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Sotah
 
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Naomi Ragen
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Sotah

4.1 of 5 stars 4.10  ·  rating details  ·  1,561 ratings  ·  210 reviews
Raised under the strict laws of a Jerusalem haredi sect, Dina Reich enters an arranged marriage but is tempted by another man, a transgression that brands her an adulteress and results in her exile to America. Reissue. PW.
Hardcover
Published May 6th 1995 by Random House Value Publishing (first published 1992)
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Community Reviews

(showing 1-30 of 2,407)
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Kressel Housman
Jun 03, 2008 Kressel Housman rated it 1 of 5 stars  ·  review of another edition
Recommends it for: nobody
Shelves: fiction, jewish
I admit that this is an absorbing story, but it's a slanderous portrayal of Ultra-Orthodox Jews. I'm a Hasidic Jew who's living the life, and I can tell you that dating couples are allowed to fall in love, even though they're set up by matchmakers. Husbands are not totally clueless about how women think and regularly talk Torah with their wives. And most of all, the heroine's deportation to America simply would not happen. Naomi Ragen may be a talented writer, but I'll never read anything of her ...more
Jenny Brown
A sotah is a woman accused of adultery and this story is about three sisters in the haredi world of Israel as they are matched off in marriage. The middle daughter is the main character and the one "sotah" refers to. I'm interested enough in the subject matter (the haredi world; not adultery) that I was willing to overlook the choppy writing and lack of depth in the characters. But the ending was so ridiculous and so facile that I actually felt angry at the book for not being better. The charact ...more
Sharon
Sep 09, 2008 Sharon rated it 5 of 5 stars  ·  review of another edition
Recommended to Sharon by: Kristin
Loved this book. Another great suggestion from Kristin. This was a very interesting glimpse into the ultra-orthodox world of the Haredim in modern Jerusalem. I found their lifestyle both fascinating and horrible at the same time. Arranged marriages are still common and accepted and the inequality between the sexes is appaling; and yet, there was something that drew you in to that lifestyle and its quiet complacency (especially when viewed from the eyes of Dina as she arrived in New York). The ch ...more
LouAnn
I loved this book. I was amazed at the differences in culture. I liked when she was in NY and the lady she was working for cut the cord off of the TV. I almost did that when my children were younger. I learned about forgiveness and not judging people and not letting other's opinions make your decisions for you.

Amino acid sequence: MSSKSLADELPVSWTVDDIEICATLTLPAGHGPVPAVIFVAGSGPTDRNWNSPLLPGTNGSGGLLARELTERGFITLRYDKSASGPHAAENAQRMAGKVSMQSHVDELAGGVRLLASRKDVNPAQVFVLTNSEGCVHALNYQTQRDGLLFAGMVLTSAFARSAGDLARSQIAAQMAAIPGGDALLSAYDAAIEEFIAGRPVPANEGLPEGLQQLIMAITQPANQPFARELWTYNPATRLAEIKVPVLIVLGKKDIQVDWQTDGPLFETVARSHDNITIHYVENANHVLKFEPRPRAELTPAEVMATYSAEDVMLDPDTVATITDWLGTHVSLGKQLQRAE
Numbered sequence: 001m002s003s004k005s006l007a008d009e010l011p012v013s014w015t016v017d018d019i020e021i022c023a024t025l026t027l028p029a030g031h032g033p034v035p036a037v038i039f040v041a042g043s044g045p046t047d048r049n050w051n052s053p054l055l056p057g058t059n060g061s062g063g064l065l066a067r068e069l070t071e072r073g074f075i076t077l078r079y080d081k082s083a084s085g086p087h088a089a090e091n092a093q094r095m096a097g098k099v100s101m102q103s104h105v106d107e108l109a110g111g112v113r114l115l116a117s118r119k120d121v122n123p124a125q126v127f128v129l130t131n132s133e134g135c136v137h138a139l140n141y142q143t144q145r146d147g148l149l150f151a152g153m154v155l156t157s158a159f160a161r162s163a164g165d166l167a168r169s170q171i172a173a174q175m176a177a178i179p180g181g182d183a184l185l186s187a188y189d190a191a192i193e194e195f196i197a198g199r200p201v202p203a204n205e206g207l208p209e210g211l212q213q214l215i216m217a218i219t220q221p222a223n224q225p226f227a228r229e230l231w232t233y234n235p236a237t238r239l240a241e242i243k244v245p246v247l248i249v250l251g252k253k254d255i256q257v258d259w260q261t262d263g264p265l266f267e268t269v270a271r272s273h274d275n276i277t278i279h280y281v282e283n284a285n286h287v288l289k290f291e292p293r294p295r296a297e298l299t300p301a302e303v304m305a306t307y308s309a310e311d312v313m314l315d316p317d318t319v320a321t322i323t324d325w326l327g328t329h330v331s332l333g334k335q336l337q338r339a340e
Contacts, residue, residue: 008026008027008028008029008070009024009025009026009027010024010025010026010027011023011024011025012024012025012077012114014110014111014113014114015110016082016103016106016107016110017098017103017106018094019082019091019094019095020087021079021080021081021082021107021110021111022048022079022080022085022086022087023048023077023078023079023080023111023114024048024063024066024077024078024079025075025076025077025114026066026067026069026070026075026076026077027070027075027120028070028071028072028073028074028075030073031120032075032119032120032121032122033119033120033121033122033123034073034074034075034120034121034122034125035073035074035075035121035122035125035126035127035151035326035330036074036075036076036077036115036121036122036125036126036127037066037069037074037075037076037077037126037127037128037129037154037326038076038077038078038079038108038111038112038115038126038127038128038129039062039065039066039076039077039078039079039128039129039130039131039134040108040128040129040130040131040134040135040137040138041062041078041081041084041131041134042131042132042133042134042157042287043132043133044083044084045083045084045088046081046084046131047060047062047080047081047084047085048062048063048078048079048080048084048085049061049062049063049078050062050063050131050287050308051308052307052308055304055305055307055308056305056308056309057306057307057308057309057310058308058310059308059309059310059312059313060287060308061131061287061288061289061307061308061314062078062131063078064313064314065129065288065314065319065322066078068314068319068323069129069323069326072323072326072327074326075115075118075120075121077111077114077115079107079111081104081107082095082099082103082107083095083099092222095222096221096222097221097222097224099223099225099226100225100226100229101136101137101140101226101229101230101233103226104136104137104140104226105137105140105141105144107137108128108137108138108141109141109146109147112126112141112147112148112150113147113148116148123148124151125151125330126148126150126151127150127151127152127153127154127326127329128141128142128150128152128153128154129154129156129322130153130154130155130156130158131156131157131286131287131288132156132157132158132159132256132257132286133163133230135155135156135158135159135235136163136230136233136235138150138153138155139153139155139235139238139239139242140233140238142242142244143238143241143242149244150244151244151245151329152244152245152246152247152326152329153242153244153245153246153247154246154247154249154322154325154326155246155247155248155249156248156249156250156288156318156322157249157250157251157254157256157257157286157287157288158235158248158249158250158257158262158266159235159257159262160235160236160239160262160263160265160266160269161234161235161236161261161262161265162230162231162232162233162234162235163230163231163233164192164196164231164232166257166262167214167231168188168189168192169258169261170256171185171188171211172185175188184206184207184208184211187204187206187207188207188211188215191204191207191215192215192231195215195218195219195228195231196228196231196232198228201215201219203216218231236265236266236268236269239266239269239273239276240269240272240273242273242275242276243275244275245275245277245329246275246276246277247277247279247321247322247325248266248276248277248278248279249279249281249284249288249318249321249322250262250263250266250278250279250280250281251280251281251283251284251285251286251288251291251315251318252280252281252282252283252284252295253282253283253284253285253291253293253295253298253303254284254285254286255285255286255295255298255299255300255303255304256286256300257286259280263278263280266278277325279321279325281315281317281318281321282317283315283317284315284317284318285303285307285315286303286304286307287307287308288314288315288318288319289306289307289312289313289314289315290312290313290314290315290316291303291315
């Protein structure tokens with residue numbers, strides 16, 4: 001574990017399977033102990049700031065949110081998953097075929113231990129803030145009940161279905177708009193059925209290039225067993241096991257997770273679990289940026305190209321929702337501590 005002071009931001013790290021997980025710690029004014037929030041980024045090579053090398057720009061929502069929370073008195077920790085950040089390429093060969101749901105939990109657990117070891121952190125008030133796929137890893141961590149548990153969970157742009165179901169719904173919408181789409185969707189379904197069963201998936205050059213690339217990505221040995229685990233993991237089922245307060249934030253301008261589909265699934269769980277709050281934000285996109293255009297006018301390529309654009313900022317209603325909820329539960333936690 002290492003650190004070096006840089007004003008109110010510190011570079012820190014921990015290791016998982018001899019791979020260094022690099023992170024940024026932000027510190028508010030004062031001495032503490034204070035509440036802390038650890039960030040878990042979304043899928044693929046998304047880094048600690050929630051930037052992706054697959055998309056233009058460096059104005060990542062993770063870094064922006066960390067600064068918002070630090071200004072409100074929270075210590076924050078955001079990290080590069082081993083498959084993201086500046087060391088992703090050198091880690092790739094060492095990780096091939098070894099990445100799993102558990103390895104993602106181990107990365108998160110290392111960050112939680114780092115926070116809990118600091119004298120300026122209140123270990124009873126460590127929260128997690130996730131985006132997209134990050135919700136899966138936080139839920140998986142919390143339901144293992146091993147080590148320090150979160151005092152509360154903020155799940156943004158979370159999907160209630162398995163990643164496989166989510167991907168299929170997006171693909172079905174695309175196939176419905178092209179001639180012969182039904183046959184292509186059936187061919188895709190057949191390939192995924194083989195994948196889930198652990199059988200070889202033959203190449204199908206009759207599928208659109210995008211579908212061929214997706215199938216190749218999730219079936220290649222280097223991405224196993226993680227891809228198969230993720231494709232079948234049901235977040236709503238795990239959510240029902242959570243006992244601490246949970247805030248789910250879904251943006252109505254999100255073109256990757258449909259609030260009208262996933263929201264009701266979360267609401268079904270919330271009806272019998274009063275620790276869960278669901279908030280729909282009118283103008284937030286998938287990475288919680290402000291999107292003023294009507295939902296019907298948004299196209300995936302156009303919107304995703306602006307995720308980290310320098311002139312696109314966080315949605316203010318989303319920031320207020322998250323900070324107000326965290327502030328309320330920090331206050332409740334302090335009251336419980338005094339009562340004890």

Nina Levine
Dina grapples with the constraints of her haredi world, an ultra Orthodox sect of Judaism. The internal tug of war pits her religious and family values and culture against deep yearnings to know more of the world. Denied a marriage for love, she agrees to marry the Judah, a wood worker of repute, and a gentle giant who is smitten with her. She honestly believes she will come to love this man, seeing something deeper in him than mere vision can reveal. The demands of the marriage and family trage ...more
Melissa
Well. Besides the obvious issues I have with the subject (that of what in our Western world feels like oppression & degradation of women) I thought this was an "okay" read. I did get tired of what I perceived as whining and wringing-of-the-hands behaviour, but again that goes back to the culture which I don't know or completely understand. (and by the way, for the record, I beleive that Western women are oppressed and degraded as well in our own culture too).

Michelle mentioned feeling closer
...more
Sadie
As I continue to read books about Orthodox Judiasm it would seem that I would become more accustomed to traditions, ceremonies, customs, etc... I do not. I continue to be startled by cruel behaviors. Adultry is never to be tampered with in any religion but I was glad to see Diana battle for her rights and end up with what seems an acceptable life for her. I was saddend by the outcome of Joan's friendship in Diana's life but as it was pointed out it was probably for the best.
Amy
I enjoyed the view of haredi life in this book, but the writing felt shallow and the plot overly-contrived to fit a too-sunshiney view of Orthodox Judaism. Finishing Sotah was like leaving a Sunday School class where a very well-meaning teacher came up with an illustrative story that was equal parts "lesson" and "warm fuzzy" but did not really grasp the meaning that it intended.
Galit
If you want to understand a diffeent group of people that lives among us I suggest the very interesting story written by Naomi Ragen. The name of the book is called Sotah and its the story of a young haredi girl that comes of age. The story begins with a description of her environment like how the sleeping arrangements of the siblings and the parents in a 2 bed room apartment in Mea Shearim. It tells how she struggled with conforming to the strict rules that everybody there has to follow, and th ...more